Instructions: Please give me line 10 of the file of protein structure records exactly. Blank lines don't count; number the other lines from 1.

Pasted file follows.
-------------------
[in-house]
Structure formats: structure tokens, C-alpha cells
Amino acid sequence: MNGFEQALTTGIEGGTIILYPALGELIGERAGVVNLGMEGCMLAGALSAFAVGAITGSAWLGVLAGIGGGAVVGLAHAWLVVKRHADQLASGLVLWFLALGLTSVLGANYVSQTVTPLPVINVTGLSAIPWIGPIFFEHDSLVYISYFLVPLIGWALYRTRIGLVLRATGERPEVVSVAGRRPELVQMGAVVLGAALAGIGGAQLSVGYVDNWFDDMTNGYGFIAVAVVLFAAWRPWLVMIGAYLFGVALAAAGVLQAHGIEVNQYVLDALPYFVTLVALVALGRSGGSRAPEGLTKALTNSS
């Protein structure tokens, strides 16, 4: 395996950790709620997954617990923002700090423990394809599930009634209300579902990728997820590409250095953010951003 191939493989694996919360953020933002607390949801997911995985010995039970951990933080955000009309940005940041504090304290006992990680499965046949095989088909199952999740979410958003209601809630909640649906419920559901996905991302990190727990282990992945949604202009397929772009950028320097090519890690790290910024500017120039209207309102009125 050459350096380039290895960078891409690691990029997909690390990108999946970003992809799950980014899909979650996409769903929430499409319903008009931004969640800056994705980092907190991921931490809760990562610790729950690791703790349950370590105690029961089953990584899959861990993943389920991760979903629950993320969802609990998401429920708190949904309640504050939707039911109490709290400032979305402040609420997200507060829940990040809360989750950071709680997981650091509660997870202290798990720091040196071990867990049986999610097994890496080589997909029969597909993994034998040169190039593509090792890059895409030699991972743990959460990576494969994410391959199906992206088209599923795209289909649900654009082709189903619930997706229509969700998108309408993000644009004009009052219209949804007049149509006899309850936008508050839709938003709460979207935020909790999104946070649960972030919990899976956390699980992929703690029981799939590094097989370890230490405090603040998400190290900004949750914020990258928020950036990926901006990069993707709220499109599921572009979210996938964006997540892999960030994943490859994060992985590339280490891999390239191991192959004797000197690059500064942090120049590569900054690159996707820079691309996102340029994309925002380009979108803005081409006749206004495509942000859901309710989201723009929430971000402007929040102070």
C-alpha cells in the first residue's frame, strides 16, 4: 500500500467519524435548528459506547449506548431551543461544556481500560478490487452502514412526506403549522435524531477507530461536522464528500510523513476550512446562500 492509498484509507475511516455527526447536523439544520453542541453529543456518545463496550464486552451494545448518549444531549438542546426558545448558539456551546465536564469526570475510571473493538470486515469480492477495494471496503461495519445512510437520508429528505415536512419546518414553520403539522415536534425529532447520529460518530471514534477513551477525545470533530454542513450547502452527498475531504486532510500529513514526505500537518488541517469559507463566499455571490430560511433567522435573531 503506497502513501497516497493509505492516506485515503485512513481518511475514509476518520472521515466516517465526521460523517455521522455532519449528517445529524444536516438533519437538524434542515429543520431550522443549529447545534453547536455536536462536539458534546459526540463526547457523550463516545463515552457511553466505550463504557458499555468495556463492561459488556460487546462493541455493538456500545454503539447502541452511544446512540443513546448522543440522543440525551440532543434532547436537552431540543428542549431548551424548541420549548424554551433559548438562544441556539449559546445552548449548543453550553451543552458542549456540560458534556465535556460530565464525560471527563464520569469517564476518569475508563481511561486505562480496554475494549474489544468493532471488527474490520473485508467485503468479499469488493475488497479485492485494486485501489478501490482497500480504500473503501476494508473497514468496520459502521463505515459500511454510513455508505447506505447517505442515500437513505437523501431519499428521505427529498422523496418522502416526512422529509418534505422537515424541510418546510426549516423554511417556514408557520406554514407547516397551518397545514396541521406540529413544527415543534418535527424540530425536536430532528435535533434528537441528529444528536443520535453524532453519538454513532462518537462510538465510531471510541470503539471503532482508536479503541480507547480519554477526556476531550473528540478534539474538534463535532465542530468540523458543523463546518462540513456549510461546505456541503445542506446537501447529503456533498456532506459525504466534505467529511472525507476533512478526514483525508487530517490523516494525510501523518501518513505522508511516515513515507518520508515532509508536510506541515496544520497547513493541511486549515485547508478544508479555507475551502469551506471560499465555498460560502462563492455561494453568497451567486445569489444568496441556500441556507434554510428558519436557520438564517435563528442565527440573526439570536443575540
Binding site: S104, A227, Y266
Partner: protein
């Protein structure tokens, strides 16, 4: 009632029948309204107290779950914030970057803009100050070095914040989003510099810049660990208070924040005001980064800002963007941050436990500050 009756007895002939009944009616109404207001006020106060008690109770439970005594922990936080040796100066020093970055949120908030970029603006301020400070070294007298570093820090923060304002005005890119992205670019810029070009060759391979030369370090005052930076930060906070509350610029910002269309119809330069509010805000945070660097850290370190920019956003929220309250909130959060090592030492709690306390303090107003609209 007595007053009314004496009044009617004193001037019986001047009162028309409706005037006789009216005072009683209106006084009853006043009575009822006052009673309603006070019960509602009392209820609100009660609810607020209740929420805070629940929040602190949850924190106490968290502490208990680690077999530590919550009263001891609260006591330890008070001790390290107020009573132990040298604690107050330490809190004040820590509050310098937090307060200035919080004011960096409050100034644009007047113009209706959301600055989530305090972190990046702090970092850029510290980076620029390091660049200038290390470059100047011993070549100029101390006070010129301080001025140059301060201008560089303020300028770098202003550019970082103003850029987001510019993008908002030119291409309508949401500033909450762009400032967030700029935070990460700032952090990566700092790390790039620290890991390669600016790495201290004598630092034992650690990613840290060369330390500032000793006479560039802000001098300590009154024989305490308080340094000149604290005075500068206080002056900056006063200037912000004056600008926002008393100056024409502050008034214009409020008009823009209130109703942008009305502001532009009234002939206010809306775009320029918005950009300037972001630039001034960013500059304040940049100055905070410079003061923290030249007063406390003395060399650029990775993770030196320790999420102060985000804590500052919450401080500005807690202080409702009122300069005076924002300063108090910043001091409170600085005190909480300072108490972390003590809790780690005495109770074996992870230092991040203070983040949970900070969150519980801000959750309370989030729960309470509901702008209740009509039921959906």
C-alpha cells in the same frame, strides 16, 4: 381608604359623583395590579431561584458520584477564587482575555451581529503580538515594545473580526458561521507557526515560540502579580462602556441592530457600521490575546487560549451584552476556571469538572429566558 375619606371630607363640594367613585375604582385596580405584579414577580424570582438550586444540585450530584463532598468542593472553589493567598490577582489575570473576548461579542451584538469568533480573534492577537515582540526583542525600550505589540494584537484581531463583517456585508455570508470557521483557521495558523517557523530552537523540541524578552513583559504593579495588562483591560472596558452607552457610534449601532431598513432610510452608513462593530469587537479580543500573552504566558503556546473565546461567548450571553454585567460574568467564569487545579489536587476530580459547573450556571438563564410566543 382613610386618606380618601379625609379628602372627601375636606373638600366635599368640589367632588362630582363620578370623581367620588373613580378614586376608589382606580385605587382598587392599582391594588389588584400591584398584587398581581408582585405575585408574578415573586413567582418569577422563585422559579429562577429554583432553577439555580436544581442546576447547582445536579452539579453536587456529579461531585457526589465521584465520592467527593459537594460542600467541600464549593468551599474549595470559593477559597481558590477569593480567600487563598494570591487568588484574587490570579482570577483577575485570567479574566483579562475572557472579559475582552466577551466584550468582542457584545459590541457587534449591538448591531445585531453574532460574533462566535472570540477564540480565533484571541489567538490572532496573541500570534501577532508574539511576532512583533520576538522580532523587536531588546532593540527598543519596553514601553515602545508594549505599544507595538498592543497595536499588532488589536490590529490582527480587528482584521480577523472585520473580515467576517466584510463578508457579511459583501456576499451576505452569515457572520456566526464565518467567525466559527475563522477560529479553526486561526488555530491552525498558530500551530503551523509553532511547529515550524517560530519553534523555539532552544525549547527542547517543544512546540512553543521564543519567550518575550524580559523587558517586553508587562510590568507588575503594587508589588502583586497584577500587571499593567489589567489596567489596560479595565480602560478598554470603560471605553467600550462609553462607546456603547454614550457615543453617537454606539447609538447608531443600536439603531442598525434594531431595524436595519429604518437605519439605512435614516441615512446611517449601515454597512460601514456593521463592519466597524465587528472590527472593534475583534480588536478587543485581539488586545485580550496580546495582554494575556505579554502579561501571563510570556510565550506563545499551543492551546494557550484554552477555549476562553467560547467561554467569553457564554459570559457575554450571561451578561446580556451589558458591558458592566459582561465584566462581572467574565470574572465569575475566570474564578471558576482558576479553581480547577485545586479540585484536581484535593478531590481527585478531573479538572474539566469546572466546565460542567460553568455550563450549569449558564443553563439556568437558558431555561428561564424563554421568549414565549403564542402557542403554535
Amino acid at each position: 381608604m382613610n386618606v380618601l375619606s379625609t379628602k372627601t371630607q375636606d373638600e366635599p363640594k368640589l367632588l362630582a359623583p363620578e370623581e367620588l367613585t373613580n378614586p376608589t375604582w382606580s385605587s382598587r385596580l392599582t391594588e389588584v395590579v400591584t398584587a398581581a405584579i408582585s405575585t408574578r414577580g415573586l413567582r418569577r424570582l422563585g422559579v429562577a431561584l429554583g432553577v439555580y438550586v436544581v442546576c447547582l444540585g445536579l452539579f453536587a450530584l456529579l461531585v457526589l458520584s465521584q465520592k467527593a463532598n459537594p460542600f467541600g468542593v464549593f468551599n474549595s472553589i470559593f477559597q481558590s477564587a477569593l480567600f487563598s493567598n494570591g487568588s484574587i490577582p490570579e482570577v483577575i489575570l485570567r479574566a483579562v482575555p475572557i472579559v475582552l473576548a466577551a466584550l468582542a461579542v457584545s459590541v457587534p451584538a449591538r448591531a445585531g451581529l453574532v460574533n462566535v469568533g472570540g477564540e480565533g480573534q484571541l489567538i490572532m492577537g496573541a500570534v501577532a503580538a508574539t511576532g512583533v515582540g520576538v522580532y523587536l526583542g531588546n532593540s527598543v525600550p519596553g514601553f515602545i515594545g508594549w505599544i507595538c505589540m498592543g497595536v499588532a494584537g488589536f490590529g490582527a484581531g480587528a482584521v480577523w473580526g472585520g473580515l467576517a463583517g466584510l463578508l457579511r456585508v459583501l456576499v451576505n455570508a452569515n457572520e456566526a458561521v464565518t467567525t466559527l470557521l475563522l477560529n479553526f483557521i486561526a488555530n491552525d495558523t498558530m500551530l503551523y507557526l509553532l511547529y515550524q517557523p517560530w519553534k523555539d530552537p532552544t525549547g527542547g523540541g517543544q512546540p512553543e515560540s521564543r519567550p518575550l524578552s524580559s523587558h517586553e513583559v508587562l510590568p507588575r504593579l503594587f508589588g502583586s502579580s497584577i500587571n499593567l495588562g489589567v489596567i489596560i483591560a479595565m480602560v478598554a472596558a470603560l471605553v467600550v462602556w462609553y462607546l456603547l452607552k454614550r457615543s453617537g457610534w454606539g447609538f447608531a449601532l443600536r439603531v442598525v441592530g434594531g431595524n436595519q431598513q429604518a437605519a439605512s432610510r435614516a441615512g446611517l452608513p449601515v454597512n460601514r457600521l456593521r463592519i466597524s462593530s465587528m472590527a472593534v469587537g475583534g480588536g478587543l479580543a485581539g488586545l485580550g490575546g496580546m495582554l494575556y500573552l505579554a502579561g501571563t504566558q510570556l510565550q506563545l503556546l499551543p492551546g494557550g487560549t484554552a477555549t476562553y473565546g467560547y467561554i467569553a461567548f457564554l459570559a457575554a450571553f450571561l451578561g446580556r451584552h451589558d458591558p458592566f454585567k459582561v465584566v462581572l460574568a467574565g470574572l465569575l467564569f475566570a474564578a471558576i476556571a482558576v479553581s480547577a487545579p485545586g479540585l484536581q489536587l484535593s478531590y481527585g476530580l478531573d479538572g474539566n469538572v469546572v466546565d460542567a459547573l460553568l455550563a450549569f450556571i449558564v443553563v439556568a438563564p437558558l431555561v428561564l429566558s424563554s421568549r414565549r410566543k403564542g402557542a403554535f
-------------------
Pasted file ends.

Amino acid at each position: 381608604m382613610n386618606v380618601l375619606s379625609t379628602k372627601t371630607q375636606d373638600e366635599p363640594k368640589l367632588l362630582a359623583p363620578e370623581e367620588l367613585t373613580n378614586p376608589t375604582w382606580s385605587s382598587r385596580l392599582t391594588e389588584v395590579v400591584t398584587a398581581a405584579i408582585s405575585t408574578r414577580g415573586l413567582r418569577r424570582l422563585g422559579v429562577a431561584l429554583g432553577v439555580y438550586v436544581v442546576c447547582l444540585g445536579l452539579f453536587a450530584l456529579l461531585v457526589l458520584s465521584q465520592k467527593a463532598n459537594p460542600f467541600g468542593v464549593f468551599n474549595s472553589i470559593f477559597q481558590s477564587a477569593l480567600f487563598s493567598n494570591g487568588s484574587i490577582p490570579e482570577v483577575i489575570l485570567r479574566a483579562v482575555p475572557i472579559v475582552l473576548a466577551a466584550l468582542a461579542v457584545s459590541v457587534p451584538a449591538r448591531a445585531g451581529l453574532v460574533n462566535v469568533g472570540g477564540e480565533g480573534q484571541l489567538i490572532m492577537g496573541a500570534v501577532a503580538a508574539t511576532g512583533v515582540g520576538v522580532y523587536l526583542g531588546n532593540s527598543v525600550p519596553g514601553f515602545i515594545g508594549w505599544i507595538c505589540m498592543g497595536v499588532a494584537g488589536f490590529g490582527a484581531g480587528a482584521v480577523w473580526g472585520g473580515l467576517a463583517g466584510l463578508l457579511r456585508v459583501l456576499v451576505n455570508a452569515n457572520e456566526a458561521v464565518t467567525t466559527l470557521l475563522l477560529n479553526f483557521i486561526a488555530n491552525d495558523t498558530m500551530l503551523y507557526l509553532l511547529y515550524q517557523p517560530w519553534k523555539d530552537p532552544t525549547g527542547g523540541g517543544q512546540p512553543e515560540s521564543r519567550p518575550l524578552s524580559s523587558h517586553e513583559v508587562l510590568p507588575r504593579l503594587f508589588g502583586s502579580s497584577i500587571n499593567l495588562g489589567v489596567i489596560i483591560a479595565m480602560v478598554a472596558a470603560l471605553v467600550v462602556w462609553y462607546l456603547l452607552k454614550r457615543s453617537g457610534w454606539g447609538f447608531a449601532l443600536r439603531v442598525v441592530g434594531g431595524n436595519q431598513q429604518a437605519a439605512s432610510r435614516a441615512g446611517l452608513p449601515v454597512n460601514r457600521l456593521r463592519i466597524s462593530s465587528m472590527a472593534v469587537g475583534g480588536g478587543l479580543a485581539g488586545l485580550g490575546g496580546m495582554l494575556y500573552l505579554a502579561g501571563t504566558q510570556l510565550q506563545l503556546l499551543p492551546g494557550g487560549t484554552a477555549t476562553y473565546g467560547y467561554i467569553a461567548f457564554l459570559a457575554a450571553f450571561l451578561g446580556r451584552h451589558d458591558p458592566f454585567k459582561v465584566v462581572l460574568a467574565g470574572l465569575l467564569f475566570a474564578a471558576i476556571a482558576v479553581s480547577a487545579p485545586g479540585l484536581q489536587l484535593s478531590y481527585g476530580l478531573d479538572g474539566n469538572v469546572v466546565d460542567a459547573l460553568l455550563a450549569f450556571i449558564v443553563v439556568a438563564p437558558l431555561v428561564l429566558s424563554s421568549r414565549r410566543k403564542g402557542a403554535f